In the normal course of events, Congress will then ratify the election of the next US president when it first meets on 6 January 2021, and the president elect will be sworn into office two weeks later.

    Trump’s legacy

    In December 2017, Mr Trump signed into law broad changes to the US tax code, cutting the corporate tax rate from 35% to 21%, which supported equity markets by increasing company profits and encouraging a round of share buybacks. Whoever sits in the White House next year will have to halt the pandemic and then reboot an economy that will contract by an estimated 3.8% for the full year 2020, compared with 2019, according to the Organisation for Economic Cooperation and Development (OECD). With the arrival of the Covid-19 pandemic, the US unemployment rate spiked in April at 14.7%, seasonally adjusted. By September, the rate had fallen to 7.9%, more than double its 2019 level.

    Whichever way the final count lands, in some areas, Mr Trump’s influence will be felt for decades

    Whichever way the final count lands, in some areas, Mr Trump’s influence will be felt for decades. The president has used his term to alter the balance of the Supreme Court by appointing three conservative justices to the nine-member body over his term. The court, whose justices serve for life, is the highest judiciary body in the US and has the final say on all federal and state matters that affect federal law. Its first test, with Trump’s latest appointment, Justice Amy Coney Barrett, will relate to a challenge to the Affordable Care Act put in place by President Barack Obama’s administration. The ruling could overturn health insurance for an estimated 20 million Americans. Even more immediately, and as Mr Trump signalled, the Court may be called to rule in any contested vote counts.

    More lasting may be the changes that Mr Trump brought about to the US’s international position. The Trump administration has weakened the US’s multilateral position, picking a trade fight with China, pledging to reduce the US trade deficit by imposing tariffs on imports, criticised the World Trade Organisation and then crippled its ability to rule in disputes. Under a Democrat administration, trade relations with China would thaw, removing the threat of an all-out trade war. However, some tensions with China would persist, given that at their heart the issue is geopolitical leadership and whether the US will continue as the main engine of global growth.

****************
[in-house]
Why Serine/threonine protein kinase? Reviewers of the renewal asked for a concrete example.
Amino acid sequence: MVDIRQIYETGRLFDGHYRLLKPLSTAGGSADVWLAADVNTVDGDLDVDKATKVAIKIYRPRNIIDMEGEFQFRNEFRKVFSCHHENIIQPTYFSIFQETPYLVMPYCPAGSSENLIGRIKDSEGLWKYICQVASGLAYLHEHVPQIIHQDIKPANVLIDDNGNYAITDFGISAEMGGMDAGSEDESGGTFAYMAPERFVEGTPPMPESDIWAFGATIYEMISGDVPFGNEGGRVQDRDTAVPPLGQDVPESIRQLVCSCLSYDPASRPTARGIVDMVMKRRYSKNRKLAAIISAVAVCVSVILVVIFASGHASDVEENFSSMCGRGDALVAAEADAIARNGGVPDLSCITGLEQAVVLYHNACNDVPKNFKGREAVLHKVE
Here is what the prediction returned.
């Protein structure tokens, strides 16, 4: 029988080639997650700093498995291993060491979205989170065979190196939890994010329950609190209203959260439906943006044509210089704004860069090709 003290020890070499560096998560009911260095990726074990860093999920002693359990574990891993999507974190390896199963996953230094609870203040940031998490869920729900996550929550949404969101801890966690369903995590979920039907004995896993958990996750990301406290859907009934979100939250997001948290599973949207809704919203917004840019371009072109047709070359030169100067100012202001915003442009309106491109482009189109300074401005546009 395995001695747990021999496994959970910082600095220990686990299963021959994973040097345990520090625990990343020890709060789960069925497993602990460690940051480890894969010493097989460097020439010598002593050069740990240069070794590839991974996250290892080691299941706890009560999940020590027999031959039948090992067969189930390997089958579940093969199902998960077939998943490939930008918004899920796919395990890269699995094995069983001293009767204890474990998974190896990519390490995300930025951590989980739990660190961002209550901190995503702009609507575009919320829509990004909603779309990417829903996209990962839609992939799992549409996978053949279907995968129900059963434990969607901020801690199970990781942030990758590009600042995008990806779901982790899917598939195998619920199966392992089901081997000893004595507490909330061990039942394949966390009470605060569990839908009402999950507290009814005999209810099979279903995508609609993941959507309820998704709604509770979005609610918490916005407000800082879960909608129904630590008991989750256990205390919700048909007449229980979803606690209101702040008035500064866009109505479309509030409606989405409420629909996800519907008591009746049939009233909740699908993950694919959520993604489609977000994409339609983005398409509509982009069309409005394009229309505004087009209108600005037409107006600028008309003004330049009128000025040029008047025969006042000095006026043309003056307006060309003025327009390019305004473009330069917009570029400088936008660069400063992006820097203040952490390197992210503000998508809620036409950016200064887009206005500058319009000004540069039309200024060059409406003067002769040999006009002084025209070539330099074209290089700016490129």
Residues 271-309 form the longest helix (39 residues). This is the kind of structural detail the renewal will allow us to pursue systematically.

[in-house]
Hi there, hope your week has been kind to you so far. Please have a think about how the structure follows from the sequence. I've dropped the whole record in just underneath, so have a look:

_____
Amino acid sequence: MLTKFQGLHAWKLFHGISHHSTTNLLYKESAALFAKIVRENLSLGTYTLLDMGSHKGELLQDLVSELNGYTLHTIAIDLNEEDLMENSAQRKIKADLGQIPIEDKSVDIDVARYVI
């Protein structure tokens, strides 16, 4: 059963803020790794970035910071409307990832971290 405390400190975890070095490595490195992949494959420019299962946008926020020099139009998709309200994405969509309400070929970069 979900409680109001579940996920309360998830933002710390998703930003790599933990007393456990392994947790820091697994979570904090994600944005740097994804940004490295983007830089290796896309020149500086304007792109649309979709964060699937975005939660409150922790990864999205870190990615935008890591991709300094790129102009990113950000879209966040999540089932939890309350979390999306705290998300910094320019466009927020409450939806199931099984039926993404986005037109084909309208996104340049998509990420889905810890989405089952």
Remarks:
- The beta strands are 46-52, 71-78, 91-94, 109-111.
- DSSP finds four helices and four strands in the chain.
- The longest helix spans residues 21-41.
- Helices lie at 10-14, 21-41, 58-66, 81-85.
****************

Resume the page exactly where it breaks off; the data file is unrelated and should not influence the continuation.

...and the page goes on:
Furthermore, Mr Trump took the US out of the Paris Agreement on climate change that committed the US and the rest of the world to limiting global warming to less than 2 degrees centigrade. Those commitments expire today (4 November).

    After four years of inflammatory language, the social infrastructure and democratic norms underlying the US have come under great pressure

    Finally, we cannot ignore the rising social tensions over race and inequalities that have been a feature of the Trump presidency. After four years of inflammatory language, the social infrastructure and democratic norms underlying the US have come under great pressure. In the days ahead, the country’s political stability and systems will be tested further.

    Portfolio positioning

    Until a winner is confirmed, there will be some market volatility. The yield on the benchmark 10-year US Treasury bond recorded its biggest daily decline since April, trading as much as 14 basis points lower at 0.76% as markets reacted to the likelihood of a split Congress and less chance of a massive stimulus package. We expect yields to remain low as, for now, the Federal Reserve can be expected to maintain its accommodative stance pending a stronger economic recovery from the pandemic. The dollar initially appreciated against the euro, yen, Swiss franc and other currencies, as investors sought a safe haven from higher market volatility. If Mr Biden eventually wins the election, the dollar should then return to a slightly more negative path as the prospects for international relations, and trade, improve.

    Our clients’ portfolios are well positioned for this uncertainty with overweight positions in cash and underweight allocations to equities. For now, we are also overweight Chinese debt and keep our short positions on the dollar.

    If, as seems likely, Congress can only agree to less generous fiscal support or it is delayed and slow to materialise, some heavily-indebted US companies may face a worsening environment for credit. We therefore increase our cash holdings by selling some high yield exposure.

    Until the legal situation is clearer, the market environment will favour defensive sectors such as consumer staples, communication services, as well as the IT sector, which has outperformed throughout the pandemic period. We expect volatility to remain short-lived and offer better entry points to reposition portfolios accordingly.

    With our existing portfolio positions in the Japanese currency, gold and US Treasuries, we believe that our clients’ portfolios are well balanced and positioned to withstand this period of instability.

    Important information

    This is a marketing communication issued by Bank Lombard Odier & Co Ltd (hereinafter “Lombard Odier”).
    It is not intended for distribution, publication, or use in any jurisdiction where such distribution, publication, or use would be unlawful, nor is it aimed at any person or entity to whom it would be unlawful to address such a marketing communication.